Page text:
This Petro Ninja – Enlighten Geoscience Well of the Week describes a possible sleeping giant before modern geological thinking and technology opened it up. This formation has some intriguing and highly productive wells drilled into singularly unique and isolated reservoirs. It ranges from over 300m thickness over parts of the Peace River Arch thinning to its subcrop. This formation, at first glance, seems to be petrophysically monotonous and of poor quality. It was just a thick pile of rock that you had to persevere through to get to your intended target deeper down section. No one had figured out the relationship to the overlying source rock. And then the successes started to crop up, and now it is hard to remember a time when this play wasn’t a mainstay and everyone became an overnight expert.
You could be forgiven if you thought you had missed a few Wells of the Week and found yourself reading yet another article about the Montney. But I am talking about the Wabamun. Not a thick sequence of dolomitic siltstones but a mass of microcrystalline limestone and dolomite. And even that generalization is wrong as Halbertsma (1994) illustrated.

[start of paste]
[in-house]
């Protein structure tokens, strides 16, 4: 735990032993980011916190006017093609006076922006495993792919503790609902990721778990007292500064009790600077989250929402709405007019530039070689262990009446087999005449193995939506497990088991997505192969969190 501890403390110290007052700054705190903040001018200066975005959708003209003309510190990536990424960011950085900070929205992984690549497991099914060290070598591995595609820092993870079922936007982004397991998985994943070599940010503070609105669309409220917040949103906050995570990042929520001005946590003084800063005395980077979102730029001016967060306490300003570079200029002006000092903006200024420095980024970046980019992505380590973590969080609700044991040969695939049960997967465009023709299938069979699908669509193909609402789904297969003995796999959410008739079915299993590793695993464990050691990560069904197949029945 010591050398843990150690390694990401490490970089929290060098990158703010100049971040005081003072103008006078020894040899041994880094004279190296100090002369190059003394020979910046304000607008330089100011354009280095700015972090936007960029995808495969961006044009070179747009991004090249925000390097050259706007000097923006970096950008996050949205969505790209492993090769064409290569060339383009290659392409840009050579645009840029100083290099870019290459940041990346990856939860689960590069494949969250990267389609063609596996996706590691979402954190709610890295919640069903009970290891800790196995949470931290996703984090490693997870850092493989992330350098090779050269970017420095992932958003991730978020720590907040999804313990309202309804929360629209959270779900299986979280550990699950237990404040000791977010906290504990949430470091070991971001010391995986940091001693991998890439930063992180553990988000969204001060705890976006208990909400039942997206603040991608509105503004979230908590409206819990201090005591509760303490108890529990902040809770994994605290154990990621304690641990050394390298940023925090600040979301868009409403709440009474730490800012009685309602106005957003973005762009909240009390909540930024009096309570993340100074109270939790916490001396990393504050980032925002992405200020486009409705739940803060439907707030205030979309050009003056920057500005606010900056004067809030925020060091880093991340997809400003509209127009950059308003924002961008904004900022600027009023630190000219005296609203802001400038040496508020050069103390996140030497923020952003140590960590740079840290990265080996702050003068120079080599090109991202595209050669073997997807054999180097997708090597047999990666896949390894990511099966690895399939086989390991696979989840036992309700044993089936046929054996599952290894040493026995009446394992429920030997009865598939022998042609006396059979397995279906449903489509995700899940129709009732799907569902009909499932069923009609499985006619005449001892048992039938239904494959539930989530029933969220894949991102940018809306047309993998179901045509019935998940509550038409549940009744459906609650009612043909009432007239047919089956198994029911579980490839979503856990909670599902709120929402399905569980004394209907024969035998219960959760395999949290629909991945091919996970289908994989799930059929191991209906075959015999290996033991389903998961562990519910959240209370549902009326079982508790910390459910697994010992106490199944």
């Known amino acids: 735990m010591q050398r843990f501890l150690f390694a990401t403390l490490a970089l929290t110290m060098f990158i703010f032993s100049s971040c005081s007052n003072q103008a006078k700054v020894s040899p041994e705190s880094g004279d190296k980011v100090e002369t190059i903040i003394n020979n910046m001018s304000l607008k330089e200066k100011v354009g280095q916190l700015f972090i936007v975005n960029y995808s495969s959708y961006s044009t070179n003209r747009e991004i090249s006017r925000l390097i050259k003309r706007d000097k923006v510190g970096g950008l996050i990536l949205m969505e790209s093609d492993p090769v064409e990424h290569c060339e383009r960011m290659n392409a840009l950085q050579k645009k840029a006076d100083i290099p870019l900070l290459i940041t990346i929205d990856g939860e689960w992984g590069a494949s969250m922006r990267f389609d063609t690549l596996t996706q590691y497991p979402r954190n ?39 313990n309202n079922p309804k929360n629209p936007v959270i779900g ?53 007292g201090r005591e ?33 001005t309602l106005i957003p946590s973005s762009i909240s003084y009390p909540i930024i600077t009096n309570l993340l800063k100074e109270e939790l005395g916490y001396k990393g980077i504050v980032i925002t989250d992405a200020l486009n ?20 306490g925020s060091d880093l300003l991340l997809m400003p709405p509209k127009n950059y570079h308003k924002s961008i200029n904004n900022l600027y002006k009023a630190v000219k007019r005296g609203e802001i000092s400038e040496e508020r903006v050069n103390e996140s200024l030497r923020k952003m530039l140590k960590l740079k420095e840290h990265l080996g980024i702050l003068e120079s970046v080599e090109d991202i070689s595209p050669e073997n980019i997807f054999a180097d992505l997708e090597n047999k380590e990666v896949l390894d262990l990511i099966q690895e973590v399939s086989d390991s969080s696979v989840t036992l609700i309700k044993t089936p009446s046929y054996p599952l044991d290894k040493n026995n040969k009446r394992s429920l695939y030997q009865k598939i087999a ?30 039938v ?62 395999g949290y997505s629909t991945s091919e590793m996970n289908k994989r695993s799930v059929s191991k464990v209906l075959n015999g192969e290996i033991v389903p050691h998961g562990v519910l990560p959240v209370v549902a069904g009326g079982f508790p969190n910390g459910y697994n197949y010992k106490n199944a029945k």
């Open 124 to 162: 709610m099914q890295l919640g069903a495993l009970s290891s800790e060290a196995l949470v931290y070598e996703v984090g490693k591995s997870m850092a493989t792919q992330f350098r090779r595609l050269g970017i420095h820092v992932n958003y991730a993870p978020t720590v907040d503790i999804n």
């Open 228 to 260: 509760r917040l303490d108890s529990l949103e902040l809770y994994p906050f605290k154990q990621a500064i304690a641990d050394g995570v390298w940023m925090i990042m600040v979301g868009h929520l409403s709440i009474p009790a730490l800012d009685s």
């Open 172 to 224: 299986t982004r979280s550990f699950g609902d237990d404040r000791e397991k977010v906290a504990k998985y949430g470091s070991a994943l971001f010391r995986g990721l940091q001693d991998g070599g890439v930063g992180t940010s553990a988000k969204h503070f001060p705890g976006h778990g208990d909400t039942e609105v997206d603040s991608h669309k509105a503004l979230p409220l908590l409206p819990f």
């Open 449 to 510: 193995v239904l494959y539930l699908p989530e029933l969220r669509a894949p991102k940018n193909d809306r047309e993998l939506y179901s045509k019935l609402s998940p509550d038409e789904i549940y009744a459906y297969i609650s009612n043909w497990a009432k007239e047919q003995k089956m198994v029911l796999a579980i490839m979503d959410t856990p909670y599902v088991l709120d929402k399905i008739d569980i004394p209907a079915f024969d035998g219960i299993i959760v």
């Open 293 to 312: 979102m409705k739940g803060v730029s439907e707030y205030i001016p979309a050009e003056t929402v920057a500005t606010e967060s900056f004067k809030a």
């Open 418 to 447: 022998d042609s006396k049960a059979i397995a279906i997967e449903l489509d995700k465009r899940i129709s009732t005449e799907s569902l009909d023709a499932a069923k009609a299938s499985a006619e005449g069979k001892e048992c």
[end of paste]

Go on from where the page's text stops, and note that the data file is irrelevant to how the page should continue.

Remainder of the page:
I know all the exploration models and log normal pool distribution plots indicate the Wabamun is played out. Sure, some wells, such as 103/04-20-078-01W6/00 and 100/06-29-081-15W6/00 are solid producers. But you have to admit, the major discoveries have already been made. Right? Isn’t that what everyone thought about the Montney a decade ago?
Has the play been cracked open yet? Is 100/02-15-074-01W6/02 the first of many exciting Wabamun wells? Perhaps. It is too early to tell. Maybe some other intrepid explorer is about to show the way. Who knows? But I won’t be surprised to see the Wabamun rise again.
This post marks the last one on the Devonian over the PRA and the last play in which the Arch was a structurally positive feature. Seems like a good time for me to put the WotW on hiatus for a few weeks and enjoy a holiday break. Best wishes to you all for an enjoyable holiday season. See you in 2022.
Halbertsma, H. L. (1994): Devonian Wabamun Group of the Western Canada Sedimentary Basin: in ttps://ags.aer.ca/reports/chapter-13-devonian-wabamun-group, [12/19/2020].